18. 18. The US Military after WWI The US Military in WWII Korea Vietnam Gulf War Iraq War Afghanistan Cross fertilization from other organization types
    19. 19. CRAWL, WALK, RUN…. WHY? ENSURING ALIGNMENT OF GOALS, USERS, AND SOLUTIONS DEFINE BUSINESS CONTEXT • Business Case • Definition of ROI • Stakeholder Deep Dive • Milestones DEFINE THE HUMAN CONTEXT • Who are the end-users? • What do we want them to do? • How do we engage them? • What’s in it for me? DEFINE PROCESS & TECHNOLOGY CONTEXT • Process • Platform Requirements o Functionality o Content o Workflow HOW? To deliver accelerated acceptance, adoption, and advocacy. WHO?
    20. 20. 5 step process to achieve social collaboration goals 2 3 4 5 Define Create Personas & User Requirements Discover Conduct Stakeholder Workshop Design Create Collaboration Adoption Strategy Develop Create Roadmap Deploy Execute Roadmap Project Management and Quality Assurance 1 Roadma p WHY WHO HOW
    21. 21. Collaboration goals OVERALL COLLABORATION GOAL: Develop a purposeful social collaboration approach that unleashes the power of ORGANIZATION’S people and knowledge and helps form a “culture of collaboration”. GOAL FOR INTRANET: 1. Enable INTRANET to be a model for how best to manage and grow collaborative communities that meet clearly defined business goals. 2. Lead by example - influence the company’s behavior and culture by making collaboration a regular practice – not an isolated event. 3. Enable the Portal to leverage collaboration to:  Drive innovation for products and capabilities  Energize decision making by putting together the right information with the right experts  Accelerate the spreading of new ideas
    22. 22. Collaboration Maturity model Level 1: Traditional Collaboration » Face-to-face, phone, email Level 2: Experimentation » Point solutions; departmental/business unit focus » Prompted by specific user needs Level 3: Proliferation » Tools in use on widespread basis » Lack of interoperability; duplicate functionality » Basic enterprise standards / governance Level 4: Standardization » Enterprise strategy in place » Standardization on collaboration platform » Collaboration partially integrated into business processes » Anytime / anyplace access Level 5: Culture of Collaboration » Integrated workspace strategy in place » Collaboration fully integrated into daily processes » Cultural integration If current collaboration maturity level is at Level 1, with steps taken Level 2. To achieve effectiveness, we recommend focus on attaining high Level 3 / low Level 4 capability.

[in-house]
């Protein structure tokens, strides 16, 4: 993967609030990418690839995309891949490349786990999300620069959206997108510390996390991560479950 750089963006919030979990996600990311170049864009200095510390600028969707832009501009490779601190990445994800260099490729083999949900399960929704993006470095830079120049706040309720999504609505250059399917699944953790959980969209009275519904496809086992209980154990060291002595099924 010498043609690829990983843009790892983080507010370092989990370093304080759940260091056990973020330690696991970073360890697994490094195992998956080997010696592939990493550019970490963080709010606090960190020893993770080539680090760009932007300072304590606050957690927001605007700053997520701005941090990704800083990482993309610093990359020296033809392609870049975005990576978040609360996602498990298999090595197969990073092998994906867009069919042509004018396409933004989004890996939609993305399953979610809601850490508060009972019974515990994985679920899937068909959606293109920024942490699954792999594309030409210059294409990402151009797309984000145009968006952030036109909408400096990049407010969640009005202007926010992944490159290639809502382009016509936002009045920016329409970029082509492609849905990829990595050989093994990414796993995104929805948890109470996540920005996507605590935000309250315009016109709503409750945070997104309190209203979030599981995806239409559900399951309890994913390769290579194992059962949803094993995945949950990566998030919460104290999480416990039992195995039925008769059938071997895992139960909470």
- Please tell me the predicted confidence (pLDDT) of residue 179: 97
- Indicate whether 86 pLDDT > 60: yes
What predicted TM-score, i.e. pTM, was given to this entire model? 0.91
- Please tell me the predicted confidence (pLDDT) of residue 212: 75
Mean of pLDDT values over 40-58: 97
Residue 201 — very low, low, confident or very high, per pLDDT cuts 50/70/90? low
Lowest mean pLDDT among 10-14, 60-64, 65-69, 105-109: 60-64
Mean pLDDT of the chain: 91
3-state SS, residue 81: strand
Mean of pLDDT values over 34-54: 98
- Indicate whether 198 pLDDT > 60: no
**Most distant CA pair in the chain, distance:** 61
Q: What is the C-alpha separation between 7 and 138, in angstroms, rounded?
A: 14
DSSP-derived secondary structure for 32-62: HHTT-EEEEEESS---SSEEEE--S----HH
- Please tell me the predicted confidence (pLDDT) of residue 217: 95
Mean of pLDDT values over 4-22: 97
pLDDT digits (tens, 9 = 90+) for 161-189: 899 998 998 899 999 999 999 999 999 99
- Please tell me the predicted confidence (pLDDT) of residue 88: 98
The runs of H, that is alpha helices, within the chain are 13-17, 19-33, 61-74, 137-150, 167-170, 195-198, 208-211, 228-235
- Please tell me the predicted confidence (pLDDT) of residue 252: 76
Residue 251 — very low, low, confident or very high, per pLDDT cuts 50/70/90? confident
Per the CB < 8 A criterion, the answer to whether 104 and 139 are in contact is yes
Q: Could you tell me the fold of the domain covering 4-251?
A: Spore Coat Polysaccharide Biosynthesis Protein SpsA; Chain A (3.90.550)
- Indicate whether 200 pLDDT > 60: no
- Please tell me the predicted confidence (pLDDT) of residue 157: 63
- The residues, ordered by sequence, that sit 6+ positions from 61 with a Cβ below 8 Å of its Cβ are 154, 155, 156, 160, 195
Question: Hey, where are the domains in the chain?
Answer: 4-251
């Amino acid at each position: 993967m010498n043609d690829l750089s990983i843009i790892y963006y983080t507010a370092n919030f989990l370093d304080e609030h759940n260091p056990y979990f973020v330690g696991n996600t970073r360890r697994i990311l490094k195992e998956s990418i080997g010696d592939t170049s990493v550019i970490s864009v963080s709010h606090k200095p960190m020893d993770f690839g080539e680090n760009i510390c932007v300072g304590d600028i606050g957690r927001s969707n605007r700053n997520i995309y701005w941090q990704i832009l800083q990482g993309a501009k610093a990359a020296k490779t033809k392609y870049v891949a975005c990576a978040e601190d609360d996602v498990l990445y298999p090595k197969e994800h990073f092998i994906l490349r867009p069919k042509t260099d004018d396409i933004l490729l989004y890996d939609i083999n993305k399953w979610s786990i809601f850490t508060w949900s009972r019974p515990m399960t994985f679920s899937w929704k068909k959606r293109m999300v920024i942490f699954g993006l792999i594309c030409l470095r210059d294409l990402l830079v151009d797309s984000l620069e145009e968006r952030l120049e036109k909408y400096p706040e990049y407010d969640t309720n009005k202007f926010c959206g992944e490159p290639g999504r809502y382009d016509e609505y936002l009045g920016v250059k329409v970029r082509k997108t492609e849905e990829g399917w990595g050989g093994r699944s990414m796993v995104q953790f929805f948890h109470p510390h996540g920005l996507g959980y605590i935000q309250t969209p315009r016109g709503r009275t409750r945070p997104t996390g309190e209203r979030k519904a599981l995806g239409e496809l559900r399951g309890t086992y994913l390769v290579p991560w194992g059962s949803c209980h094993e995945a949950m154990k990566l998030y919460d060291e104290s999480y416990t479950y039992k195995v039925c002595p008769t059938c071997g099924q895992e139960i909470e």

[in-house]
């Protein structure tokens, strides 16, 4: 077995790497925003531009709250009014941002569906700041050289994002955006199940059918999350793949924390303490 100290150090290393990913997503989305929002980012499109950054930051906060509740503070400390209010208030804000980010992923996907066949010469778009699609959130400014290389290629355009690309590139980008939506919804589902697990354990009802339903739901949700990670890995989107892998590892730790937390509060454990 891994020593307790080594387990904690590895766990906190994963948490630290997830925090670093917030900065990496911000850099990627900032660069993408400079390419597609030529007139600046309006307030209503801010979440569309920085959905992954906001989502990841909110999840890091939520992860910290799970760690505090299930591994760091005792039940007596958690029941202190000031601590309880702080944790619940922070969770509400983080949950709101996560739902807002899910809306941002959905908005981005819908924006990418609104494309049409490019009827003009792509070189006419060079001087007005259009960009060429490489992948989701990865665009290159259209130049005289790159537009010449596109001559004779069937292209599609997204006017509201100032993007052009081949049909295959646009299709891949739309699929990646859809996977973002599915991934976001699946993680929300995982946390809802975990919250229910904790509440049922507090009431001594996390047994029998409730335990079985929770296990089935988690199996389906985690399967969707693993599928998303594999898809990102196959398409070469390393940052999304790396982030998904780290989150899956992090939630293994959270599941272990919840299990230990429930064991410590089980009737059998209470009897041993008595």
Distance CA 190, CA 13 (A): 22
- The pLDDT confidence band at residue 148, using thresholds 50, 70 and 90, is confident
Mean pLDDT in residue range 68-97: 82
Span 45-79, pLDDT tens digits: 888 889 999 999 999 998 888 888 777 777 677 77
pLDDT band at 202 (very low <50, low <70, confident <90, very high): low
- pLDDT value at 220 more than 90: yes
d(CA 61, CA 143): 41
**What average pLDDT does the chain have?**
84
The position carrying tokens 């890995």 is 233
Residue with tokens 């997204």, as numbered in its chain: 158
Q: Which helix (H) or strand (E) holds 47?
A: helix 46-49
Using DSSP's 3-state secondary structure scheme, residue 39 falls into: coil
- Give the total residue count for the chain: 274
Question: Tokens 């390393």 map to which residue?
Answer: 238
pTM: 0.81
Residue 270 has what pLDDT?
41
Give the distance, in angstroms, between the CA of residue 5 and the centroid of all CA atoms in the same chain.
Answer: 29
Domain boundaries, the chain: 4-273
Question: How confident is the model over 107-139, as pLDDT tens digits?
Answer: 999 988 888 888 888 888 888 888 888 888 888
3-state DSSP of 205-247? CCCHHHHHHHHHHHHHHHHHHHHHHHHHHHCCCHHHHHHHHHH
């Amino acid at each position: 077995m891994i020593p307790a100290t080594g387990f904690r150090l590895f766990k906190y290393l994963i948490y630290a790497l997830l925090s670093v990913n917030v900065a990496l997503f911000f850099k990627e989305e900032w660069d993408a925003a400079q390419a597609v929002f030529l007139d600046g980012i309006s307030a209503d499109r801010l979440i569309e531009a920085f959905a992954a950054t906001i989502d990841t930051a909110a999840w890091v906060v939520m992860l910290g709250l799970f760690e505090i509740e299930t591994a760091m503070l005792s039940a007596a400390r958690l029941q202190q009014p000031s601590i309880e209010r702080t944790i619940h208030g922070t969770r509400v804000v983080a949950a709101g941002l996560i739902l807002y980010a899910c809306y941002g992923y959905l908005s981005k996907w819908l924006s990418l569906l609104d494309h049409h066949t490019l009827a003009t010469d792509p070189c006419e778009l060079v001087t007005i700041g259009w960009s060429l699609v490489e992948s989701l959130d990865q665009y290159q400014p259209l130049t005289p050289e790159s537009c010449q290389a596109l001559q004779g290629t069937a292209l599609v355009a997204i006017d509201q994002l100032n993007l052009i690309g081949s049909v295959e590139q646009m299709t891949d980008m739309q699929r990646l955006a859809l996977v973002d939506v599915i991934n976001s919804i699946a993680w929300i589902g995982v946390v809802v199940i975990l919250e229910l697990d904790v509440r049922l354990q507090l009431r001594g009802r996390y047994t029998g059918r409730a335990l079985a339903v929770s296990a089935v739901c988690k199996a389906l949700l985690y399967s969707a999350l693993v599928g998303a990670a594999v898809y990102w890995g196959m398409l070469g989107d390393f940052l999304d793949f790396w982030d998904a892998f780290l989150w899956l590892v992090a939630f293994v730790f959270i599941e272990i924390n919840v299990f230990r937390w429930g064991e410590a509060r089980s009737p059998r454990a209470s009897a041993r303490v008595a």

23. 23. Collaboration Adoption Barriers “We’re not seeing the value of social collaboration” “We don’t know how to use SharePoint to collaborate.” “We don’t have enough resources to focus on adoption right now” “We don’t really understand the value social collaboration” “Our leadership team doesn’t get social collaboration” “Our culture doesn’t support this whole social thing” “We can’t collaborate socially because of compliance” “The tools are hard to use and cumbersome”
    24. 24. “Straw man” adoption plan Collaborating using social tools is often a behavior change for an organization. A thoughtful communication plan will help prepare your users and drive fast adoption. Pre-launch Ideas 1. Create multi-channel communication plan. 2. Conduct Collaboration Adoption Strategy Workshop. 3. Define the core goals for end-user participation and create an incentive program. 4. Create an idea generation initiative 5. Enable sponsors and champions to build buy-in and enlist participation. 6. Send teaser emails to end-users to create buzz and awareness. Launch Ideas 1. Create a focused contest 2. Disseminate Trivia to create engagement 3. Implement Gamification / Badging Program 4. Incorporate a “No Email Day” into the Launch 4. Celebrate great use, encourage users, address frequent questions Ongoing Ideas 1. Conduct Listening Tours to guide the Communities – based on feedback and observation, provide gentle guidance to drive the right behaviors 2. Celebrate Success – share great use cases, quotes, etc. to show value and drive the right behaviors 3. Disseminate “Tips of the Week” via different channels 4. Conduct User Experience Testing
    25. 25. Questions & Answers
    26. 26. • Leading Change; John P. Kotter; 1996 • The Heart of Change: Real-Life Stories of How People Change Their Organizations; John P. Kotter and Dan S. Cohen; Harvard Business School Publishing; 2002 • The Tipping Point: How Little Things Can Make a Big Difference; Malcolm Gladwell; Little, Brown & Company; March 2006 • The Village; Bing West; Simon & Schuster, Inc.; 1972 • One Tribe at a Time; Major Jim Gant; Nine Sisters Imports, Inc.; 2009 • “What Makes Lawyers Tick” (; Dr. Larry Richard • Jeff Willinger Reading List